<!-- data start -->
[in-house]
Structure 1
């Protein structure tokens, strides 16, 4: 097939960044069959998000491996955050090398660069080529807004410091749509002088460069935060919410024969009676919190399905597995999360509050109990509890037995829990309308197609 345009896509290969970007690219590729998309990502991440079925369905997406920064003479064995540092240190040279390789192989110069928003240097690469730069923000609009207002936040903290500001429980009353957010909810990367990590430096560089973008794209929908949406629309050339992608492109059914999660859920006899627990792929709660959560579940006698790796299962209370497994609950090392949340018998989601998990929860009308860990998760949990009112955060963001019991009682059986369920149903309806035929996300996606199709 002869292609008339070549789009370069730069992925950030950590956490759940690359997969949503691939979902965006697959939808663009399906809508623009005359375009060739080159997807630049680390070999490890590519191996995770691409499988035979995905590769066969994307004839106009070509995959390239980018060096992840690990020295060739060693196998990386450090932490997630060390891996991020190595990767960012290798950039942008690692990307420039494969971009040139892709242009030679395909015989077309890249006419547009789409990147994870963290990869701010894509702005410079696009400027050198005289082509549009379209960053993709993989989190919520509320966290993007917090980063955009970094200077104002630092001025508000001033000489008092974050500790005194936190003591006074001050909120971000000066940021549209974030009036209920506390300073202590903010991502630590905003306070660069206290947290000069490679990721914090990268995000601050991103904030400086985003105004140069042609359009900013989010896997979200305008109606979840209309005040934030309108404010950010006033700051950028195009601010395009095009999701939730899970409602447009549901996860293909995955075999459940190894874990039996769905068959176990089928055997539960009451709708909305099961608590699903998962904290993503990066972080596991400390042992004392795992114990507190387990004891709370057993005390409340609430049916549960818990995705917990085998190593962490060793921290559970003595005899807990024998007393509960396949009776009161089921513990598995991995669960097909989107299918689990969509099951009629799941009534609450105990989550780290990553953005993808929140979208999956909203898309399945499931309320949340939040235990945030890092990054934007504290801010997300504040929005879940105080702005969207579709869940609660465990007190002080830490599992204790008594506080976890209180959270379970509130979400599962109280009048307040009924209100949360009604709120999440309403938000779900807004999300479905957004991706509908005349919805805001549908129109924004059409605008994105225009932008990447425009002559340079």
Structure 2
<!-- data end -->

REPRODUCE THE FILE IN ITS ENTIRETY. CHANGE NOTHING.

[in-house]
Structure 1
């Protein structure tokens, strides 16, 4: 097939960044069959998000491996955050090398660069080529807004410091749509002088460069935060919410024969009676919190399905597995999360509050109990509890037995829990309308197609 345009896509290969970007690219590729998309990502991440079925369905997406920064003479064995540092240190040279390789192989110069928003240097690469730069923000609009207002936040903290500001429980009353957010909810990367990590430096560089973008794209929908949406629309050339992608492109059914999660859920006899627990792929709660959560579940006698790796299962209370497994609950090392949340018998989601998990929860009308860990998760949990009112955060963001019991009682059986369920149903309806035929996300996606199709 002869292609008339070549789009370069730069992925950030950590956490759940690359997969949503691939979902965006697959939808663009399906809508623009005359375009060739080159997807630049680390070999490890590519191996995770691409499988035979995905590769066969994307004839106009070509995959390239980018060096992840690990020295060739060693196998990386450090932490997630060390891996991020190595990767960012290798950039942008690692990307420039494969971009040139892709242009030679395909015989077309890249006419547009789409990147994870963290990869701010894509702005410079696009400027050198005289082509549009379209960053993709993989989190919520509320966290993007917090980063955009970094200077104002630092001025508000001033000489008092974050500790005194936190003591006074001050909120971000000066940021549209974030009036209920506390300073202590903010991502630590905003306070660069206290947290000069490679990721914090990268995000601050991103904030400086985003105004140069042609359009900013989010896997979200305008109606979840209309005040934030309108404010950010006033700051950028195009601010395009095009999701939730899970409602447009549901996860293909995955075999459940190894874990039996769905068959176990089928055997539960009451709708909305099961608590699903998962904290993503990066972080596991400390042992004392795992114990507190387990004891709370057993005390409340609430049916549960818990995705917990085998190593962490060793921290559970003595005899807990024998007393509960396949009776009161089921513990598995991995669960097909989107299918689990969509099951009629799941009534609450105990989550780290990553953005993808929140979208999956909203898309399945499931309320949340939040235990945030890092990054934007504290801010997300504040929005879940105080702005969207579709869940609660465990007190002080830490599992204790008594506080976890209180959270379970509130979400599962109280009048307040009924209100949360009604709120999440309403938000779900807004999300479905957004991706509908005349919805805001549908129109924004059409605008994105225009932008990447425009002559340079």
Structure 2